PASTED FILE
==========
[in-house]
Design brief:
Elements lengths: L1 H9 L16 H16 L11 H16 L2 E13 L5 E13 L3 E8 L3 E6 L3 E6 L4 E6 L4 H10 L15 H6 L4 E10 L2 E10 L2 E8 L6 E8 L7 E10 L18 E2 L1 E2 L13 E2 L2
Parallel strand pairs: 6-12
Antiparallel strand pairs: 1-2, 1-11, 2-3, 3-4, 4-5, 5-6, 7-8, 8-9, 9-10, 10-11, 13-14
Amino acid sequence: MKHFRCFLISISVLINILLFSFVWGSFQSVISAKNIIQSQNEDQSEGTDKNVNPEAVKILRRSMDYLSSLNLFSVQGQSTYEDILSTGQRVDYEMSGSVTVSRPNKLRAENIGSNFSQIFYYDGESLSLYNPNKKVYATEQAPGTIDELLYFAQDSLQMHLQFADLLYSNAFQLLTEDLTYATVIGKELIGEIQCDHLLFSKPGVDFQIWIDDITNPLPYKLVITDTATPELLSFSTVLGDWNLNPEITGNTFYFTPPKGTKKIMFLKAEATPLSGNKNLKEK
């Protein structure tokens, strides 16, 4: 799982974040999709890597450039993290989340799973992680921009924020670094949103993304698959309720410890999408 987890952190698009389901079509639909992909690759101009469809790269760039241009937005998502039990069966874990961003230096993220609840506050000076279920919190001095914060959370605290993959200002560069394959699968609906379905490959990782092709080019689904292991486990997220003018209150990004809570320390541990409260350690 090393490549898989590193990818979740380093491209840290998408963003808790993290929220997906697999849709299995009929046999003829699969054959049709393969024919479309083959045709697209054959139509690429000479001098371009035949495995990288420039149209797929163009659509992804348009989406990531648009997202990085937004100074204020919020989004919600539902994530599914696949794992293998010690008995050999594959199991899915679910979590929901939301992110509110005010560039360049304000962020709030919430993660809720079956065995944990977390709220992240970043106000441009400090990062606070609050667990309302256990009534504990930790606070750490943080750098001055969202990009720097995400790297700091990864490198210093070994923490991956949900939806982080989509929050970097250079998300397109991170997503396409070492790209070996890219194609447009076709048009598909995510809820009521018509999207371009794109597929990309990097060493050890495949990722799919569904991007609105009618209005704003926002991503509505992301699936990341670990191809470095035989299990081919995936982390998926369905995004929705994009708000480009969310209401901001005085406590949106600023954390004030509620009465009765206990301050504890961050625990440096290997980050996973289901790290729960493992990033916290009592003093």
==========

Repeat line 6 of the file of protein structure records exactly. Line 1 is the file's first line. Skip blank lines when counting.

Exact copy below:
Amino acid sequence: MKHFRCFLISISVLINILLFSFVWGSFQSVISAKNIIQSQNEDQSEGTDKNVNPEAVKILRRSMDYLSSLNLFSVQGQSTYEDILSTGQRVDYEMSGSVTVSRPNKLRAENIGSNFSQIFYYDGESLSLYNPNKKVYATEQAPGTIDELLYFAQDSLQMHLQFADLLYSNAFQLLTEDLTYATVIGKELIGEIQCDHLLFSKPGVDFQIWIDDITNPLPYKLVITDTATPELLSFSTVLGDWNLNPEITGNTFYFTPPKGTKKIMFLKAEATPLSGNKNLKEK